Marie Caillet and Rita Hickerson

 

Since 1948, the DeBaillon Medal, given by the American Iris Society, has been the most prestigious honor a Louisiana Iris hybridizer can receive.  The Author traces the award's history, triumphs, and controversies.

Marie Caillet spent a lifetime promoting the Louisiana Iris, first while a resident of Lafayette, LA, where she taught at the local university, and after her retirement at her family home on Lake Lewis north of Dallas, TX.  She served the Society for Louisiana Irises in many capacities, including editing the journal for decades.  She was 92 when she died on May 20th, 2010.

 

Each year the American Iris Society (AIS) judges to award the Award of Merit (AM) to a group of irises.  Eligibility for the AM beings the second year after the iris variety has recieved the Honorable Mention Award (HM), and eligibility continues for three years.

The AM is one of the AIS's most coveted awards and is given each year to a limited number of iris varieties in each of the classifications of iris.*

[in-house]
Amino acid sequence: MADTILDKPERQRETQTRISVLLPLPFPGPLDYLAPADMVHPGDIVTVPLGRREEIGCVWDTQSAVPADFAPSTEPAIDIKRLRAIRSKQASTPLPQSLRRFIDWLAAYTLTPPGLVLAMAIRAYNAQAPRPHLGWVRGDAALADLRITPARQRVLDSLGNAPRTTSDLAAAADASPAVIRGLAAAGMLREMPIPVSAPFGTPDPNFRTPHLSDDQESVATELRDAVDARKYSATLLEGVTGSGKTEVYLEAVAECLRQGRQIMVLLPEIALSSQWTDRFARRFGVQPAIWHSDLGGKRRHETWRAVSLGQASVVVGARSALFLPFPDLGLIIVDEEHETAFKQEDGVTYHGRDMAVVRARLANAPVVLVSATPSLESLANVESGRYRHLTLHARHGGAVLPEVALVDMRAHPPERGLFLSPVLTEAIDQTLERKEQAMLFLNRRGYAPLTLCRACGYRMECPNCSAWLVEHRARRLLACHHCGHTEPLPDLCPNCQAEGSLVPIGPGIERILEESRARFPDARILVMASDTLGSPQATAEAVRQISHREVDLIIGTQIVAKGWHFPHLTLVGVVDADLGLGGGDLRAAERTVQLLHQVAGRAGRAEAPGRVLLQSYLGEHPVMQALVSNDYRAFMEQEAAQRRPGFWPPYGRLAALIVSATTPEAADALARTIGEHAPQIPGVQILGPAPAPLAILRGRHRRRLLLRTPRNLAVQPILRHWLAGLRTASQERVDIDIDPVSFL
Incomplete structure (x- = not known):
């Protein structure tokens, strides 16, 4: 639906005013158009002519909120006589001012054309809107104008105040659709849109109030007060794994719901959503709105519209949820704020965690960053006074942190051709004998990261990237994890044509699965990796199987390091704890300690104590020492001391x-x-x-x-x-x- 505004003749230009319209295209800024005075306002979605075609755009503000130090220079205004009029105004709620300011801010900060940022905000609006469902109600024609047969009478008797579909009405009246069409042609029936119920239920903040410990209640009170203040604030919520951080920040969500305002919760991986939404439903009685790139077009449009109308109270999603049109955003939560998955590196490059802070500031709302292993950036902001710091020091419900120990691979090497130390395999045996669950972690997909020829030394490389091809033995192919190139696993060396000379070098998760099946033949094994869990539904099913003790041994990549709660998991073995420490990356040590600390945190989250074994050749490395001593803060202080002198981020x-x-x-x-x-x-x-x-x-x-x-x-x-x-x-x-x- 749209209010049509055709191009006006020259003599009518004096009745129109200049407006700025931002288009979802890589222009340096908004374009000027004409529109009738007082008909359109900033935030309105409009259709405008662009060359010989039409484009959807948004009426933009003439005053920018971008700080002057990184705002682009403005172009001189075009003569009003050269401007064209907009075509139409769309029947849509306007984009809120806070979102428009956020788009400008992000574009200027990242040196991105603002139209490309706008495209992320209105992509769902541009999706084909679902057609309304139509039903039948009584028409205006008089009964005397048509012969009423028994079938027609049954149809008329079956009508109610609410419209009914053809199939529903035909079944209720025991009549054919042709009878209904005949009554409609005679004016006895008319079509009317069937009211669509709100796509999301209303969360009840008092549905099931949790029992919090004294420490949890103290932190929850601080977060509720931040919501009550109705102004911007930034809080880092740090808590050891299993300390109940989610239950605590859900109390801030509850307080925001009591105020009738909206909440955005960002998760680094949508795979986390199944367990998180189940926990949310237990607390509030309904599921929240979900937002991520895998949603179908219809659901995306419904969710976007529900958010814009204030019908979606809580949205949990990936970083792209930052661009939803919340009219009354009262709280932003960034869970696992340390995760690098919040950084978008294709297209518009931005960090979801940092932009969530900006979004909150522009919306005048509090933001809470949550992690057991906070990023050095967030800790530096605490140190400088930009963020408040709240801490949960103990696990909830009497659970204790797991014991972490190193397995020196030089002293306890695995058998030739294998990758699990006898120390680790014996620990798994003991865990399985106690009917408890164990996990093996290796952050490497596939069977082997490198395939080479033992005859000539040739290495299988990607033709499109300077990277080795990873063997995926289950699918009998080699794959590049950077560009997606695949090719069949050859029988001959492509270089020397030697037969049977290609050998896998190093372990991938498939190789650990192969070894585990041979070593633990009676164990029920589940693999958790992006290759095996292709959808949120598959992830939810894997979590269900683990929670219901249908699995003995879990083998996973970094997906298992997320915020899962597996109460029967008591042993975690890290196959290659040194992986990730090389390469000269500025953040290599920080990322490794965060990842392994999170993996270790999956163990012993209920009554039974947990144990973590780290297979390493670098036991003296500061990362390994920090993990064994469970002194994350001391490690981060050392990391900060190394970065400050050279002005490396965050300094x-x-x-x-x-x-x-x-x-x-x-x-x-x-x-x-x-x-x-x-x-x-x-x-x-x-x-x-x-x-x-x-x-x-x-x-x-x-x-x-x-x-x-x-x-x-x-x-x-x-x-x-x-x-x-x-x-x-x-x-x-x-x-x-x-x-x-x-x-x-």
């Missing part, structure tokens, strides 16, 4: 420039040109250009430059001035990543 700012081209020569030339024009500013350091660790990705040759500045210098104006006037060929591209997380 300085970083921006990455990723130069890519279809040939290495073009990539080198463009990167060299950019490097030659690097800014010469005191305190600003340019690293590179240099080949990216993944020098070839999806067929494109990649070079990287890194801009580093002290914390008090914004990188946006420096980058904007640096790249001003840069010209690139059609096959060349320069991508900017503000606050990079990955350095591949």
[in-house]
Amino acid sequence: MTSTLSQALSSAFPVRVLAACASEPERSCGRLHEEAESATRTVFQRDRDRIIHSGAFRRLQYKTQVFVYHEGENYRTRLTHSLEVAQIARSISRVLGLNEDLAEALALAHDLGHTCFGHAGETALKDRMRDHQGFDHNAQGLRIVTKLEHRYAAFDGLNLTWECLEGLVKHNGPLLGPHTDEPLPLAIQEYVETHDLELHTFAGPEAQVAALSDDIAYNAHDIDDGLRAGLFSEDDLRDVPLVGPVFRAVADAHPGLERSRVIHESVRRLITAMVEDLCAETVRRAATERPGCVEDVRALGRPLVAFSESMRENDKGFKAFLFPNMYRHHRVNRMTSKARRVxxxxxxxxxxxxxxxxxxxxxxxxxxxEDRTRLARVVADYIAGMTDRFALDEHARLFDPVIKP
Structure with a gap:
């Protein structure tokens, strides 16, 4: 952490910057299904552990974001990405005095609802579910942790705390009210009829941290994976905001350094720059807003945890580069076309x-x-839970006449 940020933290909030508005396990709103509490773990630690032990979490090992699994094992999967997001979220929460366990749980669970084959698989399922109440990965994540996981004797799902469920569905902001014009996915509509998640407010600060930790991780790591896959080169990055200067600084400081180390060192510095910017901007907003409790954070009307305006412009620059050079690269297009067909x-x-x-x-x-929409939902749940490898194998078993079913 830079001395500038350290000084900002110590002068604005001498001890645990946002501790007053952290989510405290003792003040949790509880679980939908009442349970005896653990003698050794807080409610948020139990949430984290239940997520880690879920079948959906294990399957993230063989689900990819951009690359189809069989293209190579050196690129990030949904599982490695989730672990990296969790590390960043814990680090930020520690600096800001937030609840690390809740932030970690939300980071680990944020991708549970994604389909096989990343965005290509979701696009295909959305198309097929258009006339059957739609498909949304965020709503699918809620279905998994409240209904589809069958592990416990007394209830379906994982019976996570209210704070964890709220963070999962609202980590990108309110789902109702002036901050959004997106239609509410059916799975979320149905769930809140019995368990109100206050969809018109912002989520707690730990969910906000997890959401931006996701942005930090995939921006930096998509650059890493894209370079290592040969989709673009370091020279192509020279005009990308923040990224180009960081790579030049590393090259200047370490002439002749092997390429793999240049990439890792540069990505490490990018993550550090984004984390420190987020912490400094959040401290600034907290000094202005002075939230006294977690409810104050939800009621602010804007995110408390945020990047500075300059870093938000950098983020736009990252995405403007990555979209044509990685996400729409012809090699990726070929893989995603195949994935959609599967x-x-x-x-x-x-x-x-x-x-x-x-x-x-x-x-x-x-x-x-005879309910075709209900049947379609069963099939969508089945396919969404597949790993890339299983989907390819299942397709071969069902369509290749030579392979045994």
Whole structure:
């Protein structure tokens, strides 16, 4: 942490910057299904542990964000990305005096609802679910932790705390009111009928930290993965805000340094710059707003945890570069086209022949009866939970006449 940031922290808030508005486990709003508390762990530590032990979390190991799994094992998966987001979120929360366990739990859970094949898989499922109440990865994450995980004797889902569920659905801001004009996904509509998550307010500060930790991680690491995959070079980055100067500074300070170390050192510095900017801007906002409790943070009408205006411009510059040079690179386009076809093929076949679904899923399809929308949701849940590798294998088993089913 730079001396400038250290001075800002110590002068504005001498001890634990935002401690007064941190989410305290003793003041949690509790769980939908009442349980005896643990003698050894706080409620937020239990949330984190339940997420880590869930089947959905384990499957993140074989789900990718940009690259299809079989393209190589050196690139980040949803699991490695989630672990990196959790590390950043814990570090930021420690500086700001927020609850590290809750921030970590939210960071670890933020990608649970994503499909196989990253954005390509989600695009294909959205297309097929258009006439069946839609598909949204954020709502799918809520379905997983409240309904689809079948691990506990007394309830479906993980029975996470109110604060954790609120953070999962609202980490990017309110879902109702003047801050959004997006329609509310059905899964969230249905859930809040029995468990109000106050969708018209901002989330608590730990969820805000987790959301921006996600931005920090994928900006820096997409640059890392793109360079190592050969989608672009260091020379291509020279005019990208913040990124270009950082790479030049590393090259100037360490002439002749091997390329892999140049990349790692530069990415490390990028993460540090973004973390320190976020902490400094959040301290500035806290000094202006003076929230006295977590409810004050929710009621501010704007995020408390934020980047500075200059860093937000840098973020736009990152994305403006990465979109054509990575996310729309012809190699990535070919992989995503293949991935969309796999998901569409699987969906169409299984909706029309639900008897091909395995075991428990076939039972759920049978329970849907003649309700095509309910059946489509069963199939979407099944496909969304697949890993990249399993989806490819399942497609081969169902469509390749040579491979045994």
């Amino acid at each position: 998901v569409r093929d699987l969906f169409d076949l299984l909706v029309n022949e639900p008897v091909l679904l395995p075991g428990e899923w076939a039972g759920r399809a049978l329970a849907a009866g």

SOCIETY FOR LOUISIANA IRISES -- Mary Swords DeBaillion Awards --- 1948 to present

The highest award an Louisiana iris could receive from 1948 until 1985 was the Mary Swords DeBaillon Award. During that period, SLI was an independent unit with no affiliation whatsoever with the American Iris Society (AIS). SLI became a Cooperating Organization of AIS in 1986 and in 2012 became a section of AIS. After 1986 the "award" was discontinued and replaced with the Mary Swords DeBallion Medal, the highest award exclusively for Louisiana Iris. The MEDAL is a part of the AIS award system and is awarded to the eligible Louisiana iris receiving the most votes on the official AIS judges ballot conducted each year. All AIS medalists, including the DeBaillon medalist, are eligible for the Dykes Medal, the highest award presented by AIS. So far, the AIS Dykes has been awarded mainly to Tall Bearded irises and no Louisiana iris has ever won the Dykes award.

I have seen Louisiana irises come and go for more than 50 years. I have seen not-so-good ones make it to the top and then disappear from gardens. But worse than that are the really excellent varieties that have never received awards nor become generally known. What makes the difference and what can a hybridizer do to elevate these good ones from the ordinary to the winner's circle? Nothing I am going to suggest will be news to you and some solutions will not be possible, but perhaps one or two will give you an idea. Each are things I have observed and some are things I know have worked for some Louisiana iris winners in the past.